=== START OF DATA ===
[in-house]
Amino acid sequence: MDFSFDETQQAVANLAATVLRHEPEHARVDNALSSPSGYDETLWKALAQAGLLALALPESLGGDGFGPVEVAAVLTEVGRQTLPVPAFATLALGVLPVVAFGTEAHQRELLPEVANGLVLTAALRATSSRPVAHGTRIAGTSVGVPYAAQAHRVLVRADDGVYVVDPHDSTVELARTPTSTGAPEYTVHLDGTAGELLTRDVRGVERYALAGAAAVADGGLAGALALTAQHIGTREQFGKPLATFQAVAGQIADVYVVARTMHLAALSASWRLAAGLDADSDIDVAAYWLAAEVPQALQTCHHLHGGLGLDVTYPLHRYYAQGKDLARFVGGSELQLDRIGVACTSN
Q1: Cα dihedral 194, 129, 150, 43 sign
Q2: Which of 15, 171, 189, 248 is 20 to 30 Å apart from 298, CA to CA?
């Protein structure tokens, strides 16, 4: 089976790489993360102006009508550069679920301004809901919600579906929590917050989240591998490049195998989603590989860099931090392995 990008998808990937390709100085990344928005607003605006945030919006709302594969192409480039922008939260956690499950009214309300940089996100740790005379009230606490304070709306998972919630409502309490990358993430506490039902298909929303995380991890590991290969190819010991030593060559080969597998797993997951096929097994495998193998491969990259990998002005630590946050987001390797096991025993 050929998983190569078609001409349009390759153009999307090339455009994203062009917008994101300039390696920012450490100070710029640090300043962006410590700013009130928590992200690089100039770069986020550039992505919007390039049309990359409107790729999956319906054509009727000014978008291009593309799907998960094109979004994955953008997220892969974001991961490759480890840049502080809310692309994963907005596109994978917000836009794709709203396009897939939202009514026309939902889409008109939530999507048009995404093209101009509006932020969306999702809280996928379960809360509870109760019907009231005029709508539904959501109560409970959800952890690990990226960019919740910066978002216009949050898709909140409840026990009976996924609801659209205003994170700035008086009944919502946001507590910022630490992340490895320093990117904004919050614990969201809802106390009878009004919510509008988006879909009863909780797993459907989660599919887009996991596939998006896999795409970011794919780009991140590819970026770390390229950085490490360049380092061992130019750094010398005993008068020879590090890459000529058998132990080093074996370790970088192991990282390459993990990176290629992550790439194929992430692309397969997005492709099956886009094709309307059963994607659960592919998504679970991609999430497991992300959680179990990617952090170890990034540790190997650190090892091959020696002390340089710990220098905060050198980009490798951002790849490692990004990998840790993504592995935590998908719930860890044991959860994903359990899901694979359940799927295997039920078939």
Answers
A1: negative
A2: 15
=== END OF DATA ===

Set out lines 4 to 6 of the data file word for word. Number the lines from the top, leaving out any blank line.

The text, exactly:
Q2: Which of 15, 171, 189, 248 is 20 to 30 Å apart from 298, CA to CA?
């Protein structure tokens, strides 16, 4: 089976790489993360102006009508550069679920301004809901919600579906929590917050989240591998490049195998989603590989860099931090392995 990008998808990937390709100085990344928005607003605006945030919006709302594969192409480039922008939260956690499950009214309300940089996100740790005379009230606490304070709306998972919630409502309490990358993430506490039902298909929303995380991890590991290969190819010991030593060559080969597998797993997951096929097994495998193998491969990259990998002005630590946050987001390797096991025993 050929998983190569078609001409349009390759153009999307090339455009994203062009917008994101300039390696920012450490100070710029640090300043962006410590700013009130928590992200690089100039770069986020550039992505919007390039049309990359409107790729999956319906054509009727000014978008291009593309799907998960094109979004994955953008997220892969974001991961490759480890840049502080809310692309994963907005596109994978917000836009794709709203396009897939939202009514026309939902889409008109939530999507048009995404093209101009509006932020969306999702809280996928379960809360509870109760019907009231005029709508539904959501109560409970959800952890690990990226960019919740910066978002216009949050898709909140409840026990009976996924609801659209205003994170700035008086009944919502946001507590910022630490992340490895320093990117904004919050614990969201809802106390009878009004919510509008988006879909009863909780797993459907989660599919887009996991596939998006896999795409970011794919780009991140590819970026770390390229950085490490360049380092061992130019750094010398005993008068020879590090890459000529058998132990080093074996370790970088192991990282390459993990990176290629992550790439194929992430692309397969997005492709099956886009094709309307059963994607659960592919998504679970991609999430497991992300959680179990990617952090170890990034540790190997650190090892091959020696002390340089710990220098905060050198980009490798951002790849490692990004990998840790993504592995935590998908719930860890044991959860994903359990899901694979359940799927295997039920078939």
Answers